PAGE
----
What’s stopping you from trying that new thing or taking that big leap?
Often the answer is fear -- fear of rejection, of getting hurt or hurting someone else, of the unknown, of looking or sounding foolish, of failure, of success.
So we choose the path of least resistance because it’s safer and causes less discomfort.
But innovation and progress don’t happen in your comfort zone.
That requires courage, which is not the lack of fear.
In fact, our emotional brains are hard-wired to feel afraid, and the very survival of the human race over the millenia is a testament to the utility of fear.
The modern day challenge is to train our rational brains to recognize and overcome the automatic biochemical response to scary stimuli when the actual threat is far less severe than, say, a saber-tooth tiger.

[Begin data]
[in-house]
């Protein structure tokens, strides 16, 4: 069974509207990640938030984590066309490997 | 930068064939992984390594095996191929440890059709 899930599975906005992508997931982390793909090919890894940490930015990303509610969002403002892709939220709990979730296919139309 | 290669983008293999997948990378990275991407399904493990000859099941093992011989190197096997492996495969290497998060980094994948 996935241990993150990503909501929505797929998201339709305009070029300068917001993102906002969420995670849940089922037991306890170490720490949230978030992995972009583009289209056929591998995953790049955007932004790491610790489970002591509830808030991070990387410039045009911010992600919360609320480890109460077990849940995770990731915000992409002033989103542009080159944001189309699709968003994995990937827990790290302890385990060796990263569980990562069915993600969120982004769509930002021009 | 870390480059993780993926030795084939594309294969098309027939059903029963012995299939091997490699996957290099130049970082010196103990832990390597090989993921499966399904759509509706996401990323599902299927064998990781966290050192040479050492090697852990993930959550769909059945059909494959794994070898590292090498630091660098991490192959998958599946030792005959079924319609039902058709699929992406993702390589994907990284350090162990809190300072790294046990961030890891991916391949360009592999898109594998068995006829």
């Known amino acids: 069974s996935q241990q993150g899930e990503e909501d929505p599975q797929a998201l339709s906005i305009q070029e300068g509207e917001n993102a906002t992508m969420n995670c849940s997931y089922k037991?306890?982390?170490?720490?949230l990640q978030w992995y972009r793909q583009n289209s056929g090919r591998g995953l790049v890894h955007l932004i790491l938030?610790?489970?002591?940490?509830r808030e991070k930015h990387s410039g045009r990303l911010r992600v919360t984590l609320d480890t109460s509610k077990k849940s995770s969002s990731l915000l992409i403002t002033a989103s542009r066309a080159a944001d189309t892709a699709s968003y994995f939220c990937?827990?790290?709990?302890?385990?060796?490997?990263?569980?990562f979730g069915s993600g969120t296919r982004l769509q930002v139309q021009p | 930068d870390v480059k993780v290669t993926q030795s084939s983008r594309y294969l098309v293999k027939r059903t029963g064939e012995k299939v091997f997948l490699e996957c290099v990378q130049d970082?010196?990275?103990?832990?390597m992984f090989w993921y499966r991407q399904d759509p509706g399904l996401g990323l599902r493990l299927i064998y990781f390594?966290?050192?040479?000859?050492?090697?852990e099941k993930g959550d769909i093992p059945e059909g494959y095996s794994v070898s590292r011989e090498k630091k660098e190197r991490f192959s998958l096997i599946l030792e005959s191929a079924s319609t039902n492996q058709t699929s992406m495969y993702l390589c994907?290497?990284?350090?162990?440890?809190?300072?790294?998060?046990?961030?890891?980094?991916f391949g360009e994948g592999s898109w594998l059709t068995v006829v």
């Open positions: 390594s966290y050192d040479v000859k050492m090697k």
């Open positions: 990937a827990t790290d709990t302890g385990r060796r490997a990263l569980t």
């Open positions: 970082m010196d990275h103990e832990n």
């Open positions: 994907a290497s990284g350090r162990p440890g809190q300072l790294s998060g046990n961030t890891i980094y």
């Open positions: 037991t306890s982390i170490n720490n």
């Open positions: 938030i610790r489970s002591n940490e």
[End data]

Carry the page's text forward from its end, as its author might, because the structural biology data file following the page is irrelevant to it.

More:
“I learned that courage was not the absence of fear, but the triumph over it,” said Nelson Mandela. “The brave man is not he who does not feel afraid, but he who conquers that fear.”
How would your life be different if you were able to conquer your fears?*"Choose courage over comfort." - Brene Brown
The source of most conflict is the failure to appreciate another party’s point of view.
Furthermore, your ability to influence others is dependent on establishing a meaningful connection.
To work through conflict more effectively AND elevate your influence, try this three-step process (acronym “LUV”):
The LUV technique can be used in both professional and personal settings, with work colleagues, business associates, family members and significant others.